But it's so sad. I have to go lie down now. ( )
  mrsrobin | Jun 24, 2017 |
October 11, 1943, a British spy plane crashes in occupies France. The pilot and passenger are best friends. The pilot manages to get away; the spy soon finds her in a Nazi prison. She is given little hope and is told to reveal her mission or suffer a grossly death. As she writes her tale of how she came to be in France, she is struggling to find a way to survive. ( )
  creighley | Jun 18, 2017 |
The story opens with Verity, a secret agent sent to Occupied France by the British, being held prisoner by the Gestapo during World War II. After being tortured for weeks, Verity struck a deal which allowed her to regain a modicum of civility but which also included having her write all she knew about the Royal Air Force (RAF) and her role with the British.

As Verity’s story unfolds we meet Maddie, a rare female pilot in the RAF who became Verity’s best friend. As their stories of bravery, friendship, and survival in the midst of fear and the unknown are revealed, readers will be hard pressed to keep their tears and emotions in check.

“Code Name Verity” won the Michael L. Printz Honor Award in 2013, given by YALSA (the Young Adult Library Services Association). It also was listed on the 2013 YALSA Best Fiction for Young Adults Top Ten list, and won numerous other awards. All are well deserved.

Highly recommended for ages 16 and older, including Adults.

Book review link: https://shouldireaditornot.wordpress.com/2017/04/09/code-name-verity-verity-1-elizabeth-wein/ ( )
  sunshinealma | Apr 9, 2017 |
Showing 1-5 of 286 (next | show all)
If you pick up this book, it will be some time before you put your dog-eared, tear-stained copy back down. Wein succeeds on three fronts: historical verisimilitude, gut-wrenching mystery, and a first-person voice of such confidence and flair that the protagonist might become a classic character if only we knew what to call her. Alternately dubbed Queenie, Eva, Katharina, Verity, or Julie depending on which double-agent operation she's involved in, she pens her tale as a confession while strapped to a chair and recovering from the latest round of Gestapo torture. The Nazis want the codes that Julie memorized as a wireless operator, and she supplies them, but along the way also tells of her fierce friendship with Maddie, a British pilot. Though delivered at knifepoint, Julie's narrative is peppered with dark humor and minor acts of defiance, and the tension that builds up is practically unbearable.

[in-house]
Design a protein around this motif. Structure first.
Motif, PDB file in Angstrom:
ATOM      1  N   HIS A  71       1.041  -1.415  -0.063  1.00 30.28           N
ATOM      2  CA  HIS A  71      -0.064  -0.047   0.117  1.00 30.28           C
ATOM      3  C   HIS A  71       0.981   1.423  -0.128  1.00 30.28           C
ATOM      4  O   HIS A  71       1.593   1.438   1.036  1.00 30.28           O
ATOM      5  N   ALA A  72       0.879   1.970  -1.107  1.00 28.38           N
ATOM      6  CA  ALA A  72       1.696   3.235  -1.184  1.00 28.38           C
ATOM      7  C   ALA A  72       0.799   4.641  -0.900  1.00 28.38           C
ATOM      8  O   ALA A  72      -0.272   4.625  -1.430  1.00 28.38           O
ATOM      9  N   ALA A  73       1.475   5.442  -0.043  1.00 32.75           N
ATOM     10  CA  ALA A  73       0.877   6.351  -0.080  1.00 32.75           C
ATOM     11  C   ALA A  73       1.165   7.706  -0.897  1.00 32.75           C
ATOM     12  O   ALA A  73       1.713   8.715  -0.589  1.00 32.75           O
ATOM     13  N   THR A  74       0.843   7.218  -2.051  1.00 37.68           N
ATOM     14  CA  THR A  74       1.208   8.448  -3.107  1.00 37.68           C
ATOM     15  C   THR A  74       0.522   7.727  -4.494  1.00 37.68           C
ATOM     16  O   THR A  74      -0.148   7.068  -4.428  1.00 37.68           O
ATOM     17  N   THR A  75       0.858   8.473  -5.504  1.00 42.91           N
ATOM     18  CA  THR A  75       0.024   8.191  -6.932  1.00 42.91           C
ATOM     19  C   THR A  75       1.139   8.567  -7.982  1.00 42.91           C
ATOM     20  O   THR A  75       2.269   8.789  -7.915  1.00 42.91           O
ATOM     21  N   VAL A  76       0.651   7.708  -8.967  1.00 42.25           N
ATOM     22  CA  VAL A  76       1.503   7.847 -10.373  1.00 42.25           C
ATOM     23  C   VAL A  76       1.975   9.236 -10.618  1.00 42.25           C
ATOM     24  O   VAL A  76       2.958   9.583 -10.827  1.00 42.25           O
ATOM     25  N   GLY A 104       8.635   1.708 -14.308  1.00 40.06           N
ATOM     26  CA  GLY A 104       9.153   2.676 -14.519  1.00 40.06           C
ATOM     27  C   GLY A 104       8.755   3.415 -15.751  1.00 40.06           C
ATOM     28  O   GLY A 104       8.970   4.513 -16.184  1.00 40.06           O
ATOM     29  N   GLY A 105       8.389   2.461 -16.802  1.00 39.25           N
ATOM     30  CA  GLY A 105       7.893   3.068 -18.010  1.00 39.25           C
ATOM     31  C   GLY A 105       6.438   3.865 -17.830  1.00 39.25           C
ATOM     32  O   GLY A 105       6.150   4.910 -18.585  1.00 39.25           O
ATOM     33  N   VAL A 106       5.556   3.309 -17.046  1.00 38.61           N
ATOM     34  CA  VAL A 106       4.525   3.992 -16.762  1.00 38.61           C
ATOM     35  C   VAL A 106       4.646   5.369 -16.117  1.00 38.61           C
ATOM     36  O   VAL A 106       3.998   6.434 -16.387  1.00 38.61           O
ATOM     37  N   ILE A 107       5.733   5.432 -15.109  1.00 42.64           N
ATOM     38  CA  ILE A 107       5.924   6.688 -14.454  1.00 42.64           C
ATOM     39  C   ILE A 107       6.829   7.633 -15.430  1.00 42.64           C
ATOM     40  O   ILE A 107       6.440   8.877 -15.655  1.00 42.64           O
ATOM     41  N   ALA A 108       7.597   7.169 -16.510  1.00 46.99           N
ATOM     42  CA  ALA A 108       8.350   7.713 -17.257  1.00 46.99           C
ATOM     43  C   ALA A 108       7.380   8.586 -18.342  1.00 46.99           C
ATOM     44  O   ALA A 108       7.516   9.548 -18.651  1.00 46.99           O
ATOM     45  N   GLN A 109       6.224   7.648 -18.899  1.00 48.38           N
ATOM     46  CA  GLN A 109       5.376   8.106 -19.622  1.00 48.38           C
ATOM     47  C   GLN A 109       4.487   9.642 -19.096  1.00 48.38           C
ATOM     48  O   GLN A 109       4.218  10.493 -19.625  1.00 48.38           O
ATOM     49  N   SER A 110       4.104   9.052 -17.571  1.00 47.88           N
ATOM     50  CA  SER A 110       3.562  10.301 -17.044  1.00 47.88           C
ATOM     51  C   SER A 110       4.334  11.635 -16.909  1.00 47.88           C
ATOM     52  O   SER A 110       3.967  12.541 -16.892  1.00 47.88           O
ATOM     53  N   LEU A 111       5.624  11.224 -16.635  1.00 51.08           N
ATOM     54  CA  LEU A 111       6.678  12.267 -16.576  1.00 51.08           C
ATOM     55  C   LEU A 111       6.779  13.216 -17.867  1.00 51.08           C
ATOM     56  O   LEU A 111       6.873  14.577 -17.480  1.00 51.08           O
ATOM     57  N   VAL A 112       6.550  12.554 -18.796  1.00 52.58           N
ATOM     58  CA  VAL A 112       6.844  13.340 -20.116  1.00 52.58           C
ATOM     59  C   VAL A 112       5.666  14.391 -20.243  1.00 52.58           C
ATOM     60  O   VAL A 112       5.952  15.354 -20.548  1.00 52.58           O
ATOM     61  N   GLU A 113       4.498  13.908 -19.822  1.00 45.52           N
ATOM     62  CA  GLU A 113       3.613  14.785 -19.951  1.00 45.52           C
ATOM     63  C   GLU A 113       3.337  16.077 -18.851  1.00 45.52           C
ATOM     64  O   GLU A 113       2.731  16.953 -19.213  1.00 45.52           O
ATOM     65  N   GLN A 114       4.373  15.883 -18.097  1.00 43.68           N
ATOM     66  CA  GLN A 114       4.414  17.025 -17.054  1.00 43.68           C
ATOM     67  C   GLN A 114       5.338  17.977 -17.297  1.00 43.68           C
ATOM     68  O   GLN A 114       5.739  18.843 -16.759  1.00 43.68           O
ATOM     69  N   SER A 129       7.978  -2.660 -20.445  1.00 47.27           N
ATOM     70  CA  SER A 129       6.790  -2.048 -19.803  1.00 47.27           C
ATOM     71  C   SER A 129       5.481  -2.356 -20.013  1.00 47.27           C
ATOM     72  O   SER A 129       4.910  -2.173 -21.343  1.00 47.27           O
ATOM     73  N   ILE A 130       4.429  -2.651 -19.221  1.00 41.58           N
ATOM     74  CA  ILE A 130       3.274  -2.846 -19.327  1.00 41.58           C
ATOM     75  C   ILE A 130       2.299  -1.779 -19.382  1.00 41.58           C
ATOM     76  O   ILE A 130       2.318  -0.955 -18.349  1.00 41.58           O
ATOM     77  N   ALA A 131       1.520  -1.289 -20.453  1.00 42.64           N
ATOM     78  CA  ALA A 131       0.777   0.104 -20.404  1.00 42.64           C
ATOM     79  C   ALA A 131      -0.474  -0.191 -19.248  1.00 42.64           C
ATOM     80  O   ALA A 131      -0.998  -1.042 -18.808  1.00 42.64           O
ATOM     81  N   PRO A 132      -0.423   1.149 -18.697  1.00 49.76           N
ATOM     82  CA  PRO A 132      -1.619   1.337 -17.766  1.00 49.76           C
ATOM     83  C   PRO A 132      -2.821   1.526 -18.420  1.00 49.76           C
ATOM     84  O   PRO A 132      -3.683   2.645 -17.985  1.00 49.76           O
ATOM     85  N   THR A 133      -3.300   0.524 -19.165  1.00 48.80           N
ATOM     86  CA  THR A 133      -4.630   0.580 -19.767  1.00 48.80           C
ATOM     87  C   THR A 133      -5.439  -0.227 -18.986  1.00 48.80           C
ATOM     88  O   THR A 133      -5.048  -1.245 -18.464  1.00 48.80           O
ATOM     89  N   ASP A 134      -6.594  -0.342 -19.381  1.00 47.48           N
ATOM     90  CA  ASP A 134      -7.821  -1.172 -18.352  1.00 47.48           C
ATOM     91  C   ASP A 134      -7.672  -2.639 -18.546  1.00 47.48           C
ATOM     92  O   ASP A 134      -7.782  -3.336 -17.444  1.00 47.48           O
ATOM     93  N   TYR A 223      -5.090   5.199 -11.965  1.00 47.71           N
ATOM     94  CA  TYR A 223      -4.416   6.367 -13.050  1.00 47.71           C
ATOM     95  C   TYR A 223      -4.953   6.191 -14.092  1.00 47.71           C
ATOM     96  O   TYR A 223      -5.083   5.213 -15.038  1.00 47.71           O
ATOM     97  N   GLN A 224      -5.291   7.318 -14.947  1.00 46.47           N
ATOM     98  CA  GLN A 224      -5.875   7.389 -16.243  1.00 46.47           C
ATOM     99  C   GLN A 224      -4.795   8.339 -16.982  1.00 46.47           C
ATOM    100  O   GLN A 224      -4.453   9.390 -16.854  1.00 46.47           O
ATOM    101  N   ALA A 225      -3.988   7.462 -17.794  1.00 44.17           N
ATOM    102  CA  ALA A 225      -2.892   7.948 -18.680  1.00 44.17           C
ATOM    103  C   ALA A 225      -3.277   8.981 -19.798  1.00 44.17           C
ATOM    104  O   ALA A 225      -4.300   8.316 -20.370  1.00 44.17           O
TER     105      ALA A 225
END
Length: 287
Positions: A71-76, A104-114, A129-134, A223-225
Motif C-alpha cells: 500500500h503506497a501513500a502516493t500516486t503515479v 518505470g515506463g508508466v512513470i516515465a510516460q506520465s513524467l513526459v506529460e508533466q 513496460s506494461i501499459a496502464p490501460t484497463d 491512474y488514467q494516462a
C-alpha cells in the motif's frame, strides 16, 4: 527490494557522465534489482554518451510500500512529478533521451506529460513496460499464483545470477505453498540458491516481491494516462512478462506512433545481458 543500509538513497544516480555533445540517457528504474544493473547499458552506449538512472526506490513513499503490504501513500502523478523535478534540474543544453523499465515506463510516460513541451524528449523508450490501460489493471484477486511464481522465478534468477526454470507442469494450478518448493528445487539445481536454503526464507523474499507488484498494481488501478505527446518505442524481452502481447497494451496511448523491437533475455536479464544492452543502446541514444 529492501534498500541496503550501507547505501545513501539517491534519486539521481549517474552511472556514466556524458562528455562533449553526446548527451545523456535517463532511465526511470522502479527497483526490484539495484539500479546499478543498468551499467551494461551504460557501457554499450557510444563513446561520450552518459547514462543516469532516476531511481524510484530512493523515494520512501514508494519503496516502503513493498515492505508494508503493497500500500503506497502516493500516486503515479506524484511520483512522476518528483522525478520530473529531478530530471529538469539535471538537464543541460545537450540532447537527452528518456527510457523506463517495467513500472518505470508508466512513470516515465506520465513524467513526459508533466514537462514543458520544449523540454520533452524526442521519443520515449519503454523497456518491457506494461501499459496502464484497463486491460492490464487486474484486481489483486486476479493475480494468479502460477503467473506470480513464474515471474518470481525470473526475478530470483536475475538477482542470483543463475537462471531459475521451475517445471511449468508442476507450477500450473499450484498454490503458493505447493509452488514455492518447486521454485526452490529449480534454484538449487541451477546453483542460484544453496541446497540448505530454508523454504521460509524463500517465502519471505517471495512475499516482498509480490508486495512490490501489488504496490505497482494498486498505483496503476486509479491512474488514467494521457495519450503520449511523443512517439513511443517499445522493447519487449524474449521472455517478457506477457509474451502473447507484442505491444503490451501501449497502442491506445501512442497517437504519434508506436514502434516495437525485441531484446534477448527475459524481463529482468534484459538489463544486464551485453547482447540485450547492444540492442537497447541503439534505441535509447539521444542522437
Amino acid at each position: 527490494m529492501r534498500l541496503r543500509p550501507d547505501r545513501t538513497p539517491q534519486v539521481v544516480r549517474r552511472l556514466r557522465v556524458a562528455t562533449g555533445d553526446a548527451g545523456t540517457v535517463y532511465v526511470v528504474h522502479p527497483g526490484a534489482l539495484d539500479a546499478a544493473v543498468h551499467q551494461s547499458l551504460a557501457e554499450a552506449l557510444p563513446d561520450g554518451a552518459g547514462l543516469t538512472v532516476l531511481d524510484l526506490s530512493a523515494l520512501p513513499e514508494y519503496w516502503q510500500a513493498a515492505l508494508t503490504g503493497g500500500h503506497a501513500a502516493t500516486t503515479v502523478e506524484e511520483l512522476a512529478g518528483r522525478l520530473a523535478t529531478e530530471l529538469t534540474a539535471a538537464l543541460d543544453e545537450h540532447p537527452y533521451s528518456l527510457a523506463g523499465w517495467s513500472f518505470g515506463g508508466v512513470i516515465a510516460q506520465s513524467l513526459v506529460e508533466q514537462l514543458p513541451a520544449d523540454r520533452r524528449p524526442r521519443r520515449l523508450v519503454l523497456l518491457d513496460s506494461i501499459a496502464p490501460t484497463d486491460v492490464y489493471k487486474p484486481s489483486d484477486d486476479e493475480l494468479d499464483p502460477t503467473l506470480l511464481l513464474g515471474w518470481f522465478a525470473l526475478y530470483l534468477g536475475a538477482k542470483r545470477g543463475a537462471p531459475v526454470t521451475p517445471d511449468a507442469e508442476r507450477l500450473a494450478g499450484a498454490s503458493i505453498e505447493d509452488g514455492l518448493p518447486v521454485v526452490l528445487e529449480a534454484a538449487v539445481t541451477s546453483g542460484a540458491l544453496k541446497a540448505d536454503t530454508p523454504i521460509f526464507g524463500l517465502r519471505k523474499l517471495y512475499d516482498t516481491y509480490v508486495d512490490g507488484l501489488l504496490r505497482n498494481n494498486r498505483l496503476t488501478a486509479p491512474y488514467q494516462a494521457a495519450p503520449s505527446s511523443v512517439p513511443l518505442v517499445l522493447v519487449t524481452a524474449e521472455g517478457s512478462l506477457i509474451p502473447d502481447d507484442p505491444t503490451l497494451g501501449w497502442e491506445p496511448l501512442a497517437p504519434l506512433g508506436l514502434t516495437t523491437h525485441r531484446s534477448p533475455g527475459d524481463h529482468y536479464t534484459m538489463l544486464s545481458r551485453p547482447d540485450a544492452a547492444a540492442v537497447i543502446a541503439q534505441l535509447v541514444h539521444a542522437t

added by kthomp25 | editBooklist, Daniel Kraus
 

» Add other authors (2 possible)

Author nameRoleType of authorWork?Status
Elizabeth Weinprimary authorall editionscalculated
Christie, MorvenNarratorsecondary authorsome editionsconfirmed
Gaskell, LucyNarratorsecondary authorsome editionsconfirmed
Manger, WhitneyDesignersecondary authorsome editionsconfirmed
November, SharynEditorsecondary authorsome editionsconfirmed
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Epigraph
"Passive resisters must understand that they are as important as saboteurs." –SOE Secret Operations Manual, 'Methods of Passive Resistance'
Dedication
For Amanda

we make a sensational team
First words
I AM A COWARD. I wanted to be heroic and I pretended I was. I have always been good at pretending.
Quotations
I have told the truth.
"Kiss me, Hardy!"
The soaring mountains rose around her, and the poets' waters glittered beneath her in the valleys of memory—hosts of golden daffodils, "Swallows and Amazons", Peter Rabbit. (p. 28)
Last words
(Click to show. Warning: May contain spoilers.)
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Wikipedia in English (2)

Book description
Two young women become unlikely best friends during WWII, until one is captured by the Gestapo. Only in wartime could a stalwart lass from Manchester rub shoulders with a Scottish aristocrat, one a pilot, the other a special operations executive. Yet whenever their paths cross, they complement each other perfectly and before long become devoted to each other. But then a vital mission goes wrong, and one of the friends has to bail out of a faulty plane over France. She is captured by the Gestapo and becomes a prisoner of war. The story begins in "Verity's" own words, as she writes her account for her captors. Truth or lies? Honour or betrayal? Everything they've ever believed in is put to the test...
Haiku summary
Two girls, one friendship
we concealed in blood and ink.
I have told the truth. (octopedingenue)

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In 1943, a British fighter plane crashes in Nazi-occupied France and the survivor tells a tale of friendship, war, espionage, and great courage as she relates what she must to survive while keeping secret all that she can.

(summary from another edition)